Dopaminergic mechanisms in periaqueductal gray-mediated antinociception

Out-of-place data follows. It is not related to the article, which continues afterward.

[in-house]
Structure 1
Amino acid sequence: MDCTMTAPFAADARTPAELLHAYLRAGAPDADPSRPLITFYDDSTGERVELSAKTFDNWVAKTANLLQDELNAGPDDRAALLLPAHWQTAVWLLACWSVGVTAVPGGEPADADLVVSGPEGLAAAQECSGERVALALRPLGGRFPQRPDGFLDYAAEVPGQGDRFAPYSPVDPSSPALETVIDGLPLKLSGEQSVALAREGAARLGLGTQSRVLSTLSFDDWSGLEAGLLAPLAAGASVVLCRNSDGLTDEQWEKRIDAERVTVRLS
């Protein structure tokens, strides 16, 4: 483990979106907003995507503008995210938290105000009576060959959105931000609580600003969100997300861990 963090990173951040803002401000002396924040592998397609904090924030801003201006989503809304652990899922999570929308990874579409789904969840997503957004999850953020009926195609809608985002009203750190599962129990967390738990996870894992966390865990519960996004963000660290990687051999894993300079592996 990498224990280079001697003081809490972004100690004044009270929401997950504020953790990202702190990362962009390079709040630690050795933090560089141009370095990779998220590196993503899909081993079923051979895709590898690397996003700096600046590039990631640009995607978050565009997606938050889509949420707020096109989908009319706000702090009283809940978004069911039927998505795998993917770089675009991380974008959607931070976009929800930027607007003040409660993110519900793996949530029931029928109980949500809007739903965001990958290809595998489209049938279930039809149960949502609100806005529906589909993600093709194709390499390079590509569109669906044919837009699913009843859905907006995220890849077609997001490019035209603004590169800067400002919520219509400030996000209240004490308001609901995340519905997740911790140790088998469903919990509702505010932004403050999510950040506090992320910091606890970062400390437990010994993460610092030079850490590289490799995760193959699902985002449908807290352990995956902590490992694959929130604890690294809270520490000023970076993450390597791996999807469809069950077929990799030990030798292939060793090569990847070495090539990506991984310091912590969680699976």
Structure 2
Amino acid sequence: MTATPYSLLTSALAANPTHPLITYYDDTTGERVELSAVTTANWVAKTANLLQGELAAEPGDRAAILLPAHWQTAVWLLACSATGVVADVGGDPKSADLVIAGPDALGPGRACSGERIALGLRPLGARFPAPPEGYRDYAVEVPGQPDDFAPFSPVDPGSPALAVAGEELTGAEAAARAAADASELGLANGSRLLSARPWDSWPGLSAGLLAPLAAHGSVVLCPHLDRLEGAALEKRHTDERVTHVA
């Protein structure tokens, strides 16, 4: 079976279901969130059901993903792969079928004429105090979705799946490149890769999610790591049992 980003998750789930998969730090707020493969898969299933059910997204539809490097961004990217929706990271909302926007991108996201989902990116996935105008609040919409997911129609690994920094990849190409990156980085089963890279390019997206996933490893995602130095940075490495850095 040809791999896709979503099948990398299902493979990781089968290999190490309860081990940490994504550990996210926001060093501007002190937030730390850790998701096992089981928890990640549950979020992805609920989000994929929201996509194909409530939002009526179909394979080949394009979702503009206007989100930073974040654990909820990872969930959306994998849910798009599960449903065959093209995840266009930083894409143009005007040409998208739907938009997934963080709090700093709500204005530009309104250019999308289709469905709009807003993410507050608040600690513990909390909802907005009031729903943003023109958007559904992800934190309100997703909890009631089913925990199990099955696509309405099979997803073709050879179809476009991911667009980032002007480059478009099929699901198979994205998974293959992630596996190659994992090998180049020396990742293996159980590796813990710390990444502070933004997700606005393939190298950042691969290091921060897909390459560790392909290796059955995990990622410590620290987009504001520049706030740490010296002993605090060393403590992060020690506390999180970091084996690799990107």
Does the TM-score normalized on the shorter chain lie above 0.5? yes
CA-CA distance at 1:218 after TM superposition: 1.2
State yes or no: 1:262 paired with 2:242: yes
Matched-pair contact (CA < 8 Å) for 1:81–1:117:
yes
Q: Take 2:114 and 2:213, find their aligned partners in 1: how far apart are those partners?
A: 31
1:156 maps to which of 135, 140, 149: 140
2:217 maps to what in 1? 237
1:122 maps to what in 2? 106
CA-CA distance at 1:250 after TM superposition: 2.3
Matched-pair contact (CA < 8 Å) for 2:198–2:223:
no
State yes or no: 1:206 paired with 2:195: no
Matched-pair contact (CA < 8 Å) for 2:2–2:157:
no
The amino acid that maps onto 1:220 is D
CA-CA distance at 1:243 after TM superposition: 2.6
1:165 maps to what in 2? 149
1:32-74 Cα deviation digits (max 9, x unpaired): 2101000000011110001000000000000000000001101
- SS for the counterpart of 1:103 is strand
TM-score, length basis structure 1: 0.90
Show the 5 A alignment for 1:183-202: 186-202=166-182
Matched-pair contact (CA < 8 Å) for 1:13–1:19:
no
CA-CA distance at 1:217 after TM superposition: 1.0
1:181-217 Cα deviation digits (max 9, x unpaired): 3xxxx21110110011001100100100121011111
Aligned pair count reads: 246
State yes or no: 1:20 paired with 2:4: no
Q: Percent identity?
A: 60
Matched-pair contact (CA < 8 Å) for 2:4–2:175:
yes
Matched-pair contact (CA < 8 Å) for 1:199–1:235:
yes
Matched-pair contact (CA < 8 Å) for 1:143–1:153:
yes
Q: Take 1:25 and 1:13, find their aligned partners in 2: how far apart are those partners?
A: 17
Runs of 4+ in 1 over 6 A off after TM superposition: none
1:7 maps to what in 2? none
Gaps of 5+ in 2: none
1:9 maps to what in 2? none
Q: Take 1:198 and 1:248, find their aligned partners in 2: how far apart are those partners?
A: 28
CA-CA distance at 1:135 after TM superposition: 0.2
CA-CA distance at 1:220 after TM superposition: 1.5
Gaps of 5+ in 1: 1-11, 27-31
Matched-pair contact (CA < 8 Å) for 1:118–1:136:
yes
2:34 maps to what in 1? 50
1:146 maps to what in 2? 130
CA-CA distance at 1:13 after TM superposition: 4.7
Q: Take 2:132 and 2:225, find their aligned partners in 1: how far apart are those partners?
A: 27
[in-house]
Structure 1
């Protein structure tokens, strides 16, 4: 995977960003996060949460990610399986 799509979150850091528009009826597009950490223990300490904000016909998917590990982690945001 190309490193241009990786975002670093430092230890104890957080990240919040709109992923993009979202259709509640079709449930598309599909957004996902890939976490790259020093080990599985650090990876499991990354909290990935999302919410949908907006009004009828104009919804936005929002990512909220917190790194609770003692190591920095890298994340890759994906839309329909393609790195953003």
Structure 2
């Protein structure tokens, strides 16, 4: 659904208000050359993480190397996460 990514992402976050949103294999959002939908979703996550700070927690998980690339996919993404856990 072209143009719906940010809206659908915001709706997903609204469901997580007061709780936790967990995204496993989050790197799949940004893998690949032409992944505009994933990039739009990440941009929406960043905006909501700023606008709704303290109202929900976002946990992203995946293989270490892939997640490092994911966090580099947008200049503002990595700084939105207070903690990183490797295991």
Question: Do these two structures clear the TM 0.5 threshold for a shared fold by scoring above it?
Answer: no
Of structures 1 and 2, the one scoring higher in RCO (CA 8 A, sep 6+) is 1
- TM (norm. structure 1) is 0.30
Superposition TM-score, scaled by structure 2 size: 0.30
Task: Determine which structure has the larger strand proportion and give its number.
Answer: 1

As important as perceiving pain is the ability to modulate this perception in some contextual salient situations. The periaqueductal gray (PAG) is perhaps the most important site of endogenous pain modulation; however, little is known about dopaminergic mechanisms underlying PAG-mediated antinociception. In this study, we used a pharmacological approach to evaluate this subject. We found that µ-opioid receptor-induced antinociception (DAMGO, 0.3 μg) from PAG was blocked by the coadministration of either D1-like or D2-like dopaminergic antagonists (SCH23390, 2, 4, and 6 μg or raclopride, 2 and 4 μg, respectively) both in the tail-flick and in the mechanical paw-withdrawal test. A selective D2-like receptor agonist (piribedil, 6 and 12 μg into the PAG) induced antinociception in the mechanical paw-withdrawal test, but not in the tail-flick test. This effect was blocked by the coadministration of its selective antagonist (raclopride 4 μg), as well as by either a GABAA agonist (muscimol, 0.1 μg) or an opioid receptor antagonist (naloxone, 0.5 μg). A selective D1-like receptor agonist (SKF38393, 1, 5, and 10 μg into the PAG) induced a poor and transient antinociceptive effect, but when combined with piribedil, a potentiated antinociceptive effect emerged. None of these treatments affected locomotion in the open-field test. These findings suggest that µ-opioid antinociception from the PAG depends on dopamine acting on both D1-like and D2-like receptors. Selective activation of PAG D2-like receptors induces antinociception mediated by supraspinal mechanisms dependent on inhibition of GABAA and activation of opioid neurotransmission.